Astronomers Spot High Velocity Star Leaving Milky Way


Astronomers have a spotted a high velocity star 20 years after the type of star was discovered.

A star that was ejected from a black hole in the Milky way was recently spotted by astronomers.

The star was ejected at such a high velocity that eventually it will leave the galaxy and never return. The black hole that ejected the star is known as Sagittarius A. The traveling star was first noticed in a constellation named Grus. It is approximately moving 10 times faster than normal stars.

"The velocity of the discovered star is so high that it will inevitably leave the galaxy and never return," said Douglas Boubert who recently wrote a study on the star.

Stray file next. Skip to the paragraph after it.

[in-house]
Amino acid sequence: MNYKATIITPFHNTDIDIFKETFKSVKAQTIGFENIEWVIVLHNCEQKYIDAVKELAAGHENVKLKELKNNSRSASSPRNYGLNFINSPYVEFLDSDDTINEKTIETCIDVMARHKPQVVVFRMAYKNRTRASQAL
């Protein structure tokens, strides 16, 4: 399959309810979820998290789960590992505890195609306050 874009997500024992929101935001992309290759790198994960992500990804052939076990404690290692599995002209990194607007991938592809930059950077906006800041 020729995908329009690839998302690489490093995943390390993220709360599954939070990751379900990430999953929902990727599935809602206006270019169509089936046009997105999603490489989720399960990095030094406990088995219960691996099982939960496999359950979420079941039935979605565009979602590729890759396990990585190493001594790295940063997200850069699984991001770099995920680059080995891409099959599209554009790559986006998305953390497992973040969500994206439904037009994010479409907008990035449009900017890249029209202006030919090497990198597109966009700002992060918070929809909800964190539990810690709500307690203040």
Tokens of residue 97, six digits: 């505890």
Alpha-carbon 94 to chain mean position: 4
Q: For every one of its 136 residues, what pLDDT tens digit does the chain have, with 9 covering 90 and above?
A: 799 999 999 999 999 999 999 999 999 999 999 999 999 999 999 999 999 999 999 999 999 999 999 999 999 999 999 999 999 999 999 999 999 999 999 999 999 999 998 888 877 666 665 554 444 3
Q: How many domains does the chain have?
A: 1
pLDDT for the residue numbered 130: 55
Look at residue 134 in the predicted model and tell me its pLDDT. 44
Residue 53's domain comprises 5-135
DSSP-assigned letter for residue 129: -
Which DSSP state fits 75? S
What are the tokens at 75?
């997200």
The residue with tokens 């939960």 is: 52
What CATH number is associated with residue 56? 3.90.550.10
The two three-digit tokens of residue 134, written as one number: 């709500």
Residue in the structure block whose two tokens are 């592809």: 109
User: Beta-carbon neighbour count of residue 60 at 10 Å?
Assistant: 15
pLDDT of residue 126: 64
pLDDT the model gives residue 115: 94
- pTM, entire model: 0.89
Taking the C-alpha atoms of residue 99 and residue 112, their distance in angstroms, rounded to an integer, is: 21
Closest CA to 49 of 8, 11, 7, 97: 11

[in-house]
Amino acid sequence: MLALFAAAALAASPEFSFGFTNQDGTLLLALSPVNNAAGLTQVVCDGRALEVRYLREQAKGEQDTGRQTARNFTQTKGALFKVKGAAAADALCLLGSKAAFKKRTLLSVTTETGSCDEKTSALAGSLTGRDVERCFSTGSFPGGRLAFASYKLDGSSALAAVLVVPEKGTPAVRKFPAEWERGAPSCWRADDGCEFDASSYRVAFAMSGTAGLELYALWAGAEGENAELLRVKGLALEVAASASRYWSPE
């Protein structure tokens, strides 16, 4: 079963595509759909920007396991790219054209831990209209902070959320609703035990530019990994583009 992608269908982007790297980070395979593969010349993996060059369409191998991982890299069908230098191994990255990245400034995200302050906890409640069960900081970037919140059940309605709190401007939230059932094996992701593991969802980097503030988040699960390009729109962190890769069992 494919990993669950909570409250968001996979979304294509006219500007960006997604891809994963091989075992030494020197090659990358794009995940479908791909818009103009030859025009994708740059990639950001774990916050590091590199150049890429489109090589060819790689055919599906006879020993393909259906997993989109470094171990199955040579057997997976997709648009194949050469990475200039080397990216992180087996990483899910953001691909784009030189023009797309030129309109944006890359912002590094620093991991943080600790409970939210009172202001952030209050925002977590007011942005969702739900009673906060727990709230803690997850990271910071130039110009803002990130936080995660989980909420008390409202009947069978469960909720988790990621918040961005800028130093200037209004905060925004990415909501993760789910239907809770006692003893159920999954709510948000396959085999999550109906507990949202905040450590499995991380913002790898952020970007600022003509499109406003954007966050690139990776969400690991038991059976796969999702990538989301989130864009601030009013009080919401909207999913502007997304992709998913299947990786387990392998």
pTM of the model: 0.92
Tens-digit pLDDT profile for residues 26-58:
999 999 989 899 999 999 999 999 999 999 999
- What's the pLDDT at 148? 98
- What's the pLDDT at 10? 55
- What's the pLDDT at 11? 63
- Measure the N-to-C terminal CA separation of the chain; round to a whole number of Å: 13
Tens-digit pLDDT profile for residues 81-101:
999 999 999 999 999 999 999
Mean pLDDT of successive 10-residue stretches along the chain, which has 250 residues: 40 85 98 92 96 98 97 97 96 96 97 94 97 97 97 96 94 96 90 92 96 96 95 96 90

This type of star was only discovered 20 years ago. This is the first time that scientists have been able to see this type of star up close.

"We think the black hole ejected the star with a speed of thousands of kilometers per second about five million years ago. This ejection happened at the time when humanity's ancestors were just learning to walk on two feet," said Koposov, the lead author on the study.

Originally, the star was part of a binary pair of stars. However, its counterpart was taken in by the black hole with this spotted star was ejected.

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